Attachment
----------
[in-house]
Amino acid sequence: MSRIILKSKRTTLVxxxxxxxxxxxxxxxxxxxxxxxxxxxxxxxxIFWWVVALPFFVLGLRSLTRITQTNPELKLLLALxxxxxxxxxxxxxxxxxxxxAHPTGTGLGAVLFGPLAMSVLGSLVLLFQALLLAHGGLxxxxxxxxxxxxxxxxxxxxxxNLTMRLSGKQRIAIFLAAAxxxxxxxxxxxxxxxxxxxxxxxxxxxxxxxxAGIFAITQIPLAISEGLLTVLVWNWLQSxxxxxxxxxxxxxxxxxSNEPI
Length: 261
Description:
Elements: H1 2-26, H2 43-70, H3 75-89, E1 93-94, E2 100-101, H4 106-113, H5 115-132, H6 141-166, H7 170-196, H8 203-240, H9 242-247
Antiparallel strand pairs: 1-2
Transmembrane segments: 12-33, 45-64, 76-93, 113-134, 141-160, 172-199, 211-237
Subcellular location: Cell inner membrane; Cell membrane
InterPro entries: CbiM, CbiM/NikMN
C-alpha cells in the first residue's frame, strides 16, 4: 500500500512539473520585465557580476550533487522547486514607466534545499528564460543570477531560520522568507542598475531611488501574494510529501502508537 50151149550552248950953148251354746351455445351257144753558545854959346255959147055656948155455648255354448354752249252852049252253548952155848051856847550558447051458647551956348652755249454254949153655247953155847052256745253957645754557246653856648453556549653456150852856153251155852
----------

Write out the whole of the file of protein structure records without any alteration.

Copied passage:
[in-house]
Amino acid sequence: MSRIILKSKRTTLVxxxxxxxxxxxxxxxxxxxxxxxxxxxxxxxxIFWWVVALPFFVLGLRSLTRITQTNPELKLLLALxxxxxxxxxxxxxxxxxxxxAHPTGTGLGAVLFGPLAMSVLGSLVLLFQALLLAHGGLxxxxxxxxxxxxxxxxxxxxxxNLTMRLSGKQRIAIFLAAAxxxxxxxxxxxxxxxxxxxxxxxxxxxxxxxxAGIFAITQIPLAISEGLLTVLVWNWLQSxxxxxxxxxxxxxxxxxSNEPI
Length: 261
Description:
Elements: H1 2-26, H2 43-70, H3 75-89, E1 93-94, E2 100-101, H4 106-113, H5 115-132, H6 141-166, H7 170-196, H8 203-240, H9 242-247
Antiparallel strand pairs: 1-2
Transmembrane segments: 12-33, 45-64, 76-93, 113-134, 141-160, 172-199, 211-237
Subcellular location: Cell inner membrane; Cell membrane
InterPro entries: CbiM, CbiM/NikMN
C-alpha cells in the first residue's frame, strides 16, 4: 500500500512539473520585465557580476550533487522547486514607466534545499528564460543570477531560520522568507542598475531611488501574494510529501502508537 50151149550552248950953148251354746351455445351257144753558545854959346255959147055656948155455648255354448354752249252852049252253548952155848051856847550558447051458647551956348652755249454254949153655247953155847052256745253957645754557246653856648453556549653456150852856153251155852